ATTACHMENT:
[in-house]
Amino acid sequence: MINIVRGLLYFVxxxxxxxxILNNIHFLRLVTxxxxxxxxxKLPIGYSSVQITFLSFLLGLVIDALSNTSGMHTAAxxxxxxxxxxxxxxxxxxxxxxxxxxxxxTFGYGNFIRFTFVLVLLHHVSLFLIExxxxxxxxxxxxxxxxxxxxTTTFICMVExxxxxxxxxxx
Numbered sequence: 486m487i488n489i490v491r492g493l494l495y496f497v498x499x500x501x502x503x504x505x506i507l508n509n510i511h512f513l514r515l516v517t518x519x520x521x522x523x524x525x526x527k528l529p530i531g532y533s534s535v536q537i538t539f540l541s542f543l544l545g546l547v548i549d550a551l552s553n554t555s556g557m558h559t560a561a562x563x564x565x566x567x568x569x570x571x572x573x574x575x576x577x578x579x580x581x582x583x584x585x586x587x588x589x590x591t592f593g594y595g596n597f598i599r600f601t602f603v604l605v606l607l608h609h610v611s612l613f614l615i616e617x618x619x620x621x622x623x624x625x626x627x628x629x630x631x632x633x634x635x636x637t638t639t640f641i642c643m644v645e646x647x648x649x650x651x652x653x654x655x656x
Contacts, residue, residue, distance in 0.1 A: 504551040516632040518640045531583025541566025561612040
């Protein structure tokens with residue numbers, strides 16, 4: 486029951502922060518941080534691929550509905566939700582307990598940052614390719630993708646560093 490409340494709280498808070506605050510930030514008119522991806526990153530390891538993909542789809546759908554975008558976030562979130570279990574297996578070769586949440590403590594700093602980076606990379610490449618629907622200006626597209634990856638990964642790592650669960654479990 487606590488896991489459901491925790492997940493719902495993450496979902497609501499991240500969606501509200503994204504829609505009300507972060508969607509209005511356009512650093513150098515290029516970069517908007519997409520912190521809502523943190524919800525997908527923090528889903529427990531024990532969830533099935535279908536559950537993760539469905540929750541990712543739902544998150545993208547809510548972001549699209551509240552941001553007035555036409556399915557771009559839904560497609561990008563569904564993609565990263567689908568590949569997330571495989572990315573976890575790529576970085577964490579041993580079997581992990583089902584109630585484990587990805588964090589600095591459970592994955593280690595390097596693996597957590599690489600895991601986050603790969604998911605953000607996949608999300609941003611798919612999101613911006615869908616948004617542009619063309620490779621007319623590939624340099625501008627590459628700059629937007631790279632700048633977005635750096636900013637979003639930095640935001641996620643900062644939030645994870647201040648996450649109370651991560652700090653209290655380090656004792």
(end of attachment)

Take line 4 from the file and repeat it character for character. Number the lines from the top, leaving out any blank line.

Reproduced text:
Contacts, residue, residue, distance in 0.1 A: 504551040516632040518640045531583025541566025561612040